William comes to power in the wake of the Glorious Revolution and the Jacobites are trying to reinstate the Stuart line and there’s a belief on the part of William that the threat to the throne is quite substantial that it’s going to be hard to snuff out. 

And he is a new monarch who interestingly and I think particularly as you take the long lens of history and study him was very committed to working within the law.

So he sends an emissary to Parliament and says I need to be able to arrest on suspicion and hold people who I think are plotting the demise of the throne. 

But if I do that, they’re going to get out on habeas corpus. 

So I need some kind of proper legal authority to arrest people in this posture and Parliament responds immediately by creating the concept of suspension. 

And they enact a bill that gives by its terms power to the executive to detain on suspicion alone and relieves the executive of having to comply with the English Habeas Corpus Act for a particular period of time. 

The initial ones are a month or two months or may be three months. 

It’s only much later that they get longer but everyone at the time recognizes this is a very dramatic power. 

So there are a lot of famous quotes if an angel came down from heaven who was a privy counsellor. 

The privy counsellors were given authority to arrest on suspicion. 

One member of parliament says I would not trust my Liberty with him for one moment and everyone recognizes this is a really big deal.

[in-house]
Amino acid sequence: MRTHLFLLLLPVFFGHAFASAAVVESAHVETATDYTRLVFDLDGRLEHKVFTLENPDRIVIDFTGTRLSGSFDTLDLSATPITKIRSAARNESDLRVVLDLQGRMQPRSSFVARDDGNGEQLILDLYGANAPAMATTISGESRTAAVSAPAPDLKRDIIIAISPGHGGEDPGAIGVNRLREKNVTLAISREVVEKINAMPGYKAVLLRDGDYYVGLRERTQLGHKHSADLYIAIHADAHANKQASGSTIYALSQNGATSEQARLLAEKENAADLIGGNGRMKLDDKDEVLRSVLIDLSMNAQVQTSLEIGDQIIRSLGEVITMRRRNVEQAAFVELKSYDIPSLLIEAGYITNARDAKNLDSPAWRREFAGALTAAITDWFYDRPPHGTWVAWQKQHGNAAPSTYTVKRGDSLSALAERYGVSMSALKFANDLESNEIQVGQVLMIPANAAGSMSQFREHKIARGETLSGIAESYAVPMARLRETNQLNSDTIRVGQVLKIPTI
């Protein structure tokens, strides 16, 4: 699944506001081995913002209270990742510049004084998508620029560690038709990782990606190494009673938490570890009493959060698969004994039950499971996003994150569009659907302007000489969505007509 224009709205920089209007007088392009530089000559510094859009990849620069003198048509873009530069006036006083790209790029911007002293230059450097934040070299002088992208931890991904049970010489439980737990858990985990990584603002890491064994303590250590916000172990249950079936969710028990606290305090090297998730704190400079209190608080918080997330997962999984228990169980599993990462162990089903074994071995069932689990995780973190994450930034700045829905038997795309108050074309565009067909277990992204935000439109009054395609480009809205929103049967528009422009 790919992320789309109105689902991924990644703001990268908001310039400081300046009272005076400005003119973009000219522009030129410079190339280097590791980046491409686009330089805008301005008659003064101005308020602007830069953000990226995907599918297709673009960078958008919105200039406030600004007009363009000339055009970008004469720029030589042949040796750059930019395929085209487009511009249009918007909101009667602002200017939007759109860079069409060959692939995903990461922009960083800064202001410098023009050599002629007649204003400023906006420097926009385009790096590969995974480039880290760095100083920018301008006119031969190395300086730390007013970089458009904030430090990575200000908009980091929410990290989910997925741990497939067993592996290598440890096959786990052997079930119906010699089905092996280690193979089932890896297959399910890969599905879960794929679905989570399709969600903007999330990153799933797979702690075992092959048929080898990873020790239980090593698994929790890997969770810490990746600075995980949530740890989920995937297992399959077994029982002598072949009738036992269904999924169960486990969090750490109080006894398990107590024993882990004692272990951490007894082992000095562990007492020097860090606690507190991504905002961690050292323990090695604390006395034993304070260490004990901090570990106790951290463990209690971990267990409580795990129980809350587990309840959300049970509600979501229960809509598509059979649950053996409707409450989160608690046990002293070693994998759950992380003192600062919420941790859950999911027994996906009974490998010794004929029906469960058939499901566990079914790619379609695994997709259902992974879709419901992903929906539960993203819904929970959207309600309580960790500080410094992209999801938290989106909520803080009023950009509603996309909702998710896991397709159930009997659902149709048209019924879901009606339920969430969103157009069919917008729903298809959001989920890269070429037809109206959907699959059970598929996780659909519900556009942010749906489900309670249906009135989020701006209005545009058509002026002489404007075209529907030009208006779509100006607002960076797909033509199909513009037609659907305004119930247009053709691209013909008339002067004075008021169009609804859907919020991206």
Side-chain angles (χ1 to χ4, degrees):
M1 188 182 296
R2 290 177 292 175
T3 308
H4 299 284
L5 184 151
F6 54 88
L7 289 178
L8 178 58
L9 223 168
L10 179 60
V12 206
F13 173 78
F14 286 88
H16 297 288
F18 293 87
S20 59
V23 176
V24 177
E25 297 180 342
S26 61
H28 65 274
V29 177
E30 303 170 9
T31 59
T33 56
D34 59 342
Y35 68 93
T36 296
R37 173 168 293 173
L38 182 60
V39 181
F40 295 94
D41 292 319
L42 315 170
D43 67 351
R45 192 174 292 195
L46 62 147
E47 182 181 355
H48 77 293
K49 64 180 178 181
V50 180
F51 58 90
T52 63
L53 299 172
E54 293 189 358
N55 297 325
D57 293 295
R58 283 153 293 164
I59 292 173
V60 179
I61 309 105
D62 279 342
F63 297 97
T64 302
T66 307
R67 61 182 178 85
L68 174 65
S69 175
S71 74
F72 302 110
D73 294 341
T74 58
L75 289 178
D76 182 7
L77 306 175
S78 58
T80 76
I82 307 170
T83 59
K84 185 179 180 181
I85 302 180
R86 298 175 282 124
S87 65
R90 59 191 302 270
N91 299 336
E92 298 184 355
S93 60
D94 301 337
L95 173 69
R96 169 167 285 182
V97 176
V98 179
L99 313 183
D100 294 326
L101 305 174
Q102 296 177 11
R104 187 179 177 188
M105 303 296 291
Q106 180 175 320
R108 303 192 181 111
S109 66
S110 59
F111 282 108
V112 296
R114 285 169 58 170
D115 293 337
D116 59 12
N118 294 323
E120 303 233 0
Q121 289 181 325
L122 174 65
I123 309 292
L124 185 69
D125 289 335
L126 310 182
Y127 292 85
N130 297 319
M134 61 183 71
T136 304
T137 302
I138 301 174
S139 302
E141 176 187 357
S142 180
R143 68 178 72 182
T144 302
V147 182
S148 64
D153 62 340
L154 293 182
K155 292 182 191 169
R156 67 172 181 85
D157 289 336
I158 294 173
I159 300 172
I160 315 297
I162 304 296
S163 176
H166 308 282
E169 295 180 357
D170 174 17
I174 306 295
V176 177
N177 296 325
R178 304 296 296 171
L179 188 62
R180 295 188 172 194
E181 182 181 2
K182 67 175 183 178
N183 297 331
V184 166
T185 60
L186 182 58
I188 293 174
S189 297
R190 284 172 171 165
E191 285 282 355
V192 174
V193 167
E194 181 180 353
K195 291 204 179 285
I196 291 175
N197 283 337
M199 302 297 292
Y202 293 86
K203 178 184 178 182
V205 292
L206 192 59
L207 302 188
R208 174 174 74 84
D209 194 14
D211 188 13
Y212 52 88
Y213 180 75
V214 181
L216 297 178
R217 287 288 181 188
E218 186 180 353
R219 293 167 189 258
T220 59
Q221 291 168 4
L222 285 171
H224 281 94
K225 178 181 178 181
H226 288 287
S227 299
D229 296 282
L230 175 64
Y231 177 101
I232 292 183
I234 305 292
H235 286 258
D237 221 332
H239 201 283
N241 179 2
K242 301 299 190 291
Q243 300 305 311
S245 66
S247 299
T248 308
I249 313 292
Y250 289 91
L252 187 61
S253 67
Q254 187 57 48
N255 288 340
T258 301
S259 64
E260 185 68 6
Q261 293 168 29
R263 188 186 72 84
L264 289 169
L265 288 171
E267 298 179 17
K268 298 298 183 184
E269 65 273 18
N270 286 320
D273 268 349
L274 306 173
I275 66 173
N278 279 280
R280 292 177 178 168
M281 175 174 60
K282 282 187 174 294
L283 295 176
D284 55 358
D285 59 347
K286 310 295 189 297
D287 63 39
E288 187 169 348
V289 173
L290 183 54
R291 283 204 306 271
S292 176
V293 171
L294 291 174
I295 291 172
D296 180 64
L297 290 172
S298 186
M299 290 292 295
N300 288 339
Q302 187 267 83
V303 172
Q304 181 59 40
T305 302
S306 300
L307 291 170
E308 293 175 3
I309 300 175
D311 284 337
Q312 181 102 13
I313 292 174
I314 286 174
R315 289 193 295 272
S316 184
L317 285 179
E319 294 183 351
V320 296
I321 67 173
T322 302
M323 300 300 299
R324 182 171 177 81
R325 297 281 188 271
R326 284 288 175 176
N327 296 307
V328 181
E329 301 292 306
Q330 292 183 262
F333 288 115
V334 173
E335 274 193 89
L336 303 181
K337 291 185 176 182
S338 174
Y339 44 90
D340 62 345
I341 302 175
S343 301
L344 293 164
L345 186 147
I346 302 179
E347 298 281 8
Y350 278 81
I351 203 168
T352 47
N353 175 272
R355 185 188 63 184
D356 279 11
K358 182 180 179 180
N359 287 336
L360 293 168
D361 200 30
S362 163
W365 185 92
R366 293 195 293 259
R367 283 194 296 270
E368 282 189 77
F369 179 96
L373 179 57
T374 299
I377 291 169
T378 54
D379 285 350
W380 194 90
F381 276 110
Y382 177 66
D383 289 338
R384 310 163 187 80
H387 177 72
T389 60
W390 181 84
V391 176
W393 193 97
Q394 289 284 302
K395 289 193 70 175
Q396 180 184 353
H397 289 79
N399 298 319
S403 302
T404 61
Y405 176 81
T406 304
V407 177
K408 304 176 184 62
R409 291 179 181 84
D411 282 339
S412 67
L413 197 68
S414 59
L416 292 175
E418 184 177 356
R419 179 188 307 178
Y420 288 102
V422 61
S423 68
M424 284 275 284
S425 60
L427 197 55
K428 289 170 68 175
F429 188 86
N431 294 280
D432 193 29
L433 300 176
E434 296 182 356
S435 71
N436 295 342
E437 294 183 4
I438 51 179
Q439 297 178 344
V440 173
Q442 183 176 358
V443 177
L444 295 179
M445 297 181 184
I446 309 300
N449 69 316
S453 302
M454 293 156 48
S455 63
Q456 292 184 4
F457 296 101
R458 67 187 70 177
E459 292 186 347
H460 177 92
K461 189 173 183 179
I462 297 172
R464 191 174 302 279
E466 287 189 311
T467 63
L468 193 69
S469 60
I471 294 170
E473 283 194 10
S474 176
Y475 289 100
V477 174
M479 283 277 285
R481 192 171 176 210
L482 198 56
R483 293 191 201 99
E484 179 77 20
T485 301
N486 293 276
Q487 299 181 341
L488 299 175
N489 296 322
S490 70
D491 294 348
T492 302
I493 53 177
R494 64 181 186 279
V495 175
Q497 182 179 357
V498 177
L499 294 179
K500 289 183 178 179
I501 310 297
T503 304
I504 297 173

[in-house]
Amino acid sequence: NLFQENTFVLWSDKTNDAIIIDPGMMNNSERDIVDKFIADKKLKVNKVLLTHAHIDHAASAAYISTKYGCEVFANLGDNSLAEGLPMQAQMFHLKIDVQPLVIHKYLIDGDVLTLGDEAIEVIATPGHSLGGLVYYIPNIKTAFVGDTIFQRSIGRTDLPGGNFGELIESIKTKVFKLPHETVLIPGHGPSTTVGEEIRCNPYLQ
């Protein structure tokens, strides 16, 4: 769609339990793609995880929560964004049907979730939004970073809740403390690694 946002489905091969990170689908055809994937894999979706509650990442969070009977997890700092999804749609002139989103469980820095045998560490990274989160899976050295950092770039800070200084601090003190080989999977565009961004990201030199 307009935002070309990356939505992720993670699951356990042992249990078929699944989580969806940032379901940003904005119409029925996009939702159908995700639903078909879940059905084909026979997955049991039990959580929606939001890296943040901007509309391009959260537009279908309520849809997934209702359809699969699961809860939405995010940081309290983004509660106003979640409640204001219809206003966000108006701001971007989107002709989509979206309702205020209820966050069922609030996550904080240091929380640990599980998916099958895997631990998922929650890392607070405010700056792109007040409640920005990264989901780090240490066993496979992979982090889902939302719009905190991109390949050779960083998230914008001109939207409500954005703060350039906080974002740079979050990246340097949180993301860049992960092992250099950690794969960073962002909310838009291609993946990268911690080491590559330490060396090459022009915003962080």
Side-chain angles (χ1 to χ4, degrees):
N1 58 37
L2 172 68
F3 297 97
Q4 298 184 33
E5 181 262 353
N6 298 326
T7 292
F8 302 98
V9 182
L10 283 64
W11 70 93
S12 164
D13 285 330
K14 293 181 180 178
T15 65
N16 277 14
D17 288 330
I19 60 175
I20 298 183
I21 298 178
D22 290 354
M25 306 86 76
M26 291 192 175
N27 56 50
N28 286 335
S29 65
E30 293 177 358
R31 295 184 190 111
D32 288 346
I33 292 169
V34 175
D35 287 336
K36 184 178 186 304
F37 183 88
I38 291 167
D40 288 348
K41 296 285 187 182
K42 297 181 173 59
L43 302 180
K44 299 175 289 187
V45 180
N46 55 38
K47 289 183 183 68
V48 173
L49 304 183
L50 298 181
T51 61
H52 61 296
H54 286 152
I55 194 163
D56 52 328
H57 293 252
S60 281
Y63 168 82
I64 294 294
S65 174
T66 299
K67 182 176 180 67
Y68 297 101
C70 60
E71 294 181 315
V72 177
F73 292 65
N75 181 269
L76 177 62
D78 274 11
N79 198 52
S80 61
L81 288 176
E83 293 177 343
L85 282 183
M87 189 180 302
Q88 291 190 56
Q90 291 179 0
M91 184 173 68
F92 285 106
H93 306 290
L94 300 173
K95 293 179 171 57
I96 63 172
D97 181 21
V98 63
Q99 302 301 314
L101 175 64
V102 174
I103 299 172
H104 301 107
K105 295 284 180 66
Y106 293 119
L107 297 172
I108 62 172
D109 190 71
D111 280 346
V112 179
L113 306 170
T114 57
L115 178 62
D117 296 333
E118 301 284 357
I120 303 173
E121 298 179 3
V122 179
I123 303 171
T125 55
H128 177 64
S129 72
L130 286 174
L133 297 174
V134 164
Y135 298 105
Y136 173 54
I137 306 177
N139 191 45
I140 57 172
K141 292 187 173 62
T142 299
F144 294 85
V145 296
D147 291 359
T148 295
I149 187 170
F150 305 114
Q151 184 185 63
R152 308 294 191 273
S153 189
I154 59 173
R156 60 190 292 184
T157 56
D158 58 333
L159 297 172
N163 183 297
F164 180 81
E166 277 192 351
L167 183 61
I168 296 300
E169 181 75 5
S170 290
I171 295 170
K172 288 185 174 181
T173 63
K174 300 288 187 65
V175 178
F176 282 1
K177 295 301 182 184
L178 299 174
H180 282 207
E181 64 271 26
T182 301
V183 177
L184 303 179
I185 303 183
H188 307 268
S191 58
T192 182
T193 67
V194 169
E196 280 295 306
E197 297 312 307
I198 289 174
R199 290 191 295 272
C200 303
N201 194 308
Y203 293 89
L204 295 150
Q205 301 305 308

This is an extremely dramatic power and it’s invoked repeatedly in the decades that follow to deal with the Jacobite rebellion to deal with the French ongoing battles with the French who are working in concert with the Jacobites to try and reinstate the Stuart line and then it is also employed during the American Revolution. 

So we have a principle which is that the king can’t just lock you up unless he suspends the rule that says he can’t just lock you up and unless Parliament suspends the rule.

So the question is, 

At what point does the exception swallow the rule and in English practice how much was the rule?

And how much was it acceptable?

So it’s interesting when you look at this period an important question to ask is, 

Why did Parliament feel the need to do all of this formally?

And I think as you study that period in English history, you see Parliament and a lot of scholars have written about this they are trying to be perceived as making credible commitments across all swathes of law and this is helping the government financially. 

It is helping on a lot of different planes and this is part of that larger story.